We motored for a while and as the wind picked up decided to put out the head sail. The wind was fairly light and coming from the East, but close hauled we made decent progress and it was mesmerising to sail along in the absolute darkness gazing at the stars and watching the lights of Minorca recede behind us. We silently parted the waves as we sailed under a huge and intricate pergola of stars, the phosphorescence gleaming in our wake. Not another soul was out on the water near us. Suddenly, from nowhere – a sailing boat appeared right on our nose! She had her full sails lit up from the deck, presumably so we would see her. She was approaching so fast that I altered course to be sure to pass her by. I decided to call Ian. He came up on deck still bleary-eyed with sleep and looked hard at the oncoming vessel. Peering through the binoculars minutes earlier I had been convinced that I could see rigging. Ian took a careful look. ‘Ah!’ He announced, visibly relaxing. ‘It’s the quarter moon coming up over the horizon!’ and off he went back to bed!
We handed over to Ian and David at 0400hrs after what seemed like a very brief time.
We managed to sleep in between watches but at 0700 I woke to hear Ian fiddling in the engine housing. On further investigation, it turned out that the engine was not drawing in any water to cool it down. This meant that there was an issue with the impeller. Ian removed the impeller face plate, and wriggled the impeller out. Immediately he noticed that some of the blades of the impeller had disintegrated.
We had a spare one in stock and so Ian changed it and refitted the gasket and face plate ( under my supervision). Thank goodness for our diesel engine course.
Luckily, the water started circulating again and we breathed a collective sigh of relief being 100 nautical miles from any land! Throughout this time, we had managed to continue on our course, sailing along nicely.
We had a slap up breakfast of ‘kitchen sink omelette’ and strong coffee and enjoyed the rest of the day sailing out further and further from land.
The following night we made good progress and awoke to an incredible sunrise. There was another sail boat off to our port side (Red Rooster) and we had a radio chat with them to check what they knew about the weather forecast. They too were heading for Alghero, albeit, much faster than us. We anticipated arriving at 1200hrs.
We had a calm and safe crossing in decent winds and slight seas and were very pleased that it had not proved to be any more challenging than that. Lovely!
The crossing took 50 hours, 22 of which we motored. The top speed was 8 knots and top wind speed was 12 knots. Total distance 250 nautical miles
Job done! Many thanks to David and Chris for their help, energy and company. It was a thoroughly enjoyable trip.
On arriving in Alghero, We anchored in the bay in 3m of water over sand and weed, luckily finding a sandy spot to lay the anchor and narrowly missing a bunch of giant clams tucked in amongst the weed on the sea bed. The wind was mild and the bay flat calm. We put the boat to bed and set off into the town to find somewhere to watch Wales in the Euros. As we approached the Town Quay we spotted Comet neatly parked alongside. After brief chats about Andy and Denise’s crossing from Minorca. We wandered off into the beautiful old part of town and found a pizzeria in which to watch the football. David, with his Welch connections, was suitably delighted with their win.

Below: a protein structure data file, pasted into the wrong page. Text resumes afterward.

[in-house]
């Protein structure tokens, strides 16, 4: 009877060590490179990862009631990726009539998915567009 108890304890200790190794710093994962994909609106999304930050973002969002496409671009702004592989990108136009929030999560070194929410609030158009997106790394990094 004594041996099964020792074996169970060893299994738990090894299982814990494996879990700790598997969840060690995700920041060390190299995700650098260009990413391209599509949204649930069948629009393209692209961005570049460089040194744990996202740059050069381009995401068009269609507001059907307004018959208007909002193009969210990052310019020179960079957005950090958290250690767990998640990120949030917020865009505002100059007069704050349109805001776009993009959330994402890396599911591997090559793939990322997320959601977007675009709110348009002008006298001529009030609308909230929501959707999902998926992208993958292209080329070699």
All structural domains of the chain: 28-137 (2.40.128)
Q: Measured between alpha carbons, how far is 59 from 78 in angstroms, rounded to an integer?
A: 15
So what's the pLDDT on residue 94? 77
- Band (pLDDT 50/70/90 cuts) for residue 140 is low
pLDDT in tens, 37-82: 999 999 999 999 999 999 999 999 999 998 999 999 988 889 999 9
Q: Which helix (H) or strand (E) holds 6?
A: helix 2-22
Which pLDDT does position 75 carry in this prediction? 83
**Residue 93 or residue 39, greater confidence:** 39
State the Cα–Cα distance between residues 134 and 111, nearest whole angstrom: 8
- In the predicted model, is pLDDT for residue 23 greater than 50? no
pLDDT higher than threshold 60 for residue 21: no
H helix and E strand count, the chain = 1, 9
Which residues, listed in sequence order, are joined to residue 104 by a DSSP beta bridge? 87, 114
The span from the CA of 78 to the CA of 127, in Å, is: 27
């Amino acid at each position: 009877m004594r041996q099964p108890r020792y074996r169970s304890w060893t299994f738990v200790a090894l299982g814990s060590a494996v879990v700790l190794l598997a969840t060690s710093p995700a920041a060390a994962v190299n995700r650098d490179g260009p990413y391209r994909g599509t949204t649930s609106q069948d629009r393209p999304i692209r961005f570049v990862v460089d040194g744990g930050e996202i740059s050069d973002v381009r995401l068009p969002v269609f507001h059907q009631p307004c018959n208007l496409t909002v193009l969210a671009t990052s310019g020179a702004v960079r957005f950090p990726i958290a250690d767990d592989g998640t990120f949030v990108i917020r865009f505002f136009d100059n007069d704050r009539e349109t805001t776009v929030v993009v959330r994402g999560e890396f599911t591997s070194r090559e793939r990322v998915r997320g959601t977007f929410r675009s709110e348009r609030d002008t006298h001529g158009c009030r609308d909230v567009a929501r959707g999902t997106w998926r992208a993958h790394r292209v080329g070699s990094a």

After a leisurely start the next day, we bid farewell to David and Chris and started to prepare the boat for our next set of visitors.
After a not so pleasant-Magaluf holidaymakers-infested-plane journey from Oxford to Birmingham to Palma, Keira and Ian were waiting at the airport with open arms on a warm Saturday evening. We drove to the marina (Club Nautico Palma) where Sarah was waiting on the boat and preparing a cup of tea for my arrival. This was my first experience staying on a boat so it was a great learning curve.
The next day we made use of the facilities at the marina where Keira and I spent an hour in the gym catching up about our holidays in both Cornwall and Spain. Later that afternoon we received our results from university, we were both very pleased and we all celebrated on the deck with the sun setting in the background with Ian and Sarah’s hidden away cava!
Whilst we were in Cabrera, we made the most of the beautiful National Park by exploring the island by foot, walking up to the lighthouse and the castle that dates back to the 14th century. We also did lots of snorkelling and saw a huge clam and many sea breams. Every evening we were spoilt by Sarah’s delicious meals that she barely let us help prepare- what a treat! It was in Mondrago where I had my first Paella of the holiday, followed by a lemon cheesecake looking out onto a deserted beach at dusk- beautiful! After dinner we got on the dinghy back to Linea where we spent one more night before sailing to Calla de s’agulla. After doing our routine yoga on the top deck, we enjoyed our daily muesli and yoghurt for breakfast in the sun before kayaking to the beach, AKA German version of Magaluf! After people watching, sunbathing, bat and ball competitions and swimming, we kayaked back to the boat to have some aperitifs before our night out in the town.
Ian kindly took us ashore and Keira and I got lost in the streets that were aligned with bars and clubs that all looked the same. We had a lot of cocktails and a lot of fun, and being the only British in the whole resort we suspected! Ian collected us at 5am equipped with jumpers for our ride back to Linea, thank you Ian!! The next day, we woke up hungover and unaware that we had travelled 25 miles to Pollenca! The best thing about meal times on a boat is that there is a possibility you can have fresh fish caught from the sea that very day… Sarah caught a sea bream, so we had ceviche with salad for our dinner- delicious! Sunday was my last day before returning to the UK so Keira and I spent the day on the beach, determined to beat our score with bat and ball -we got to 200 I think! Monday morning we went ashore and said our goodbyes leaving behind blue skies and sun, I took a bus to Palma airport and returned to the UK to rain and grey clouds, I had the blues to say the least!
What a fantastic holiday, filled with laughter, fun and games, and wonderful company. Thank you Ian and Sarah for such a brilliant and memorable experience, I will be back soon!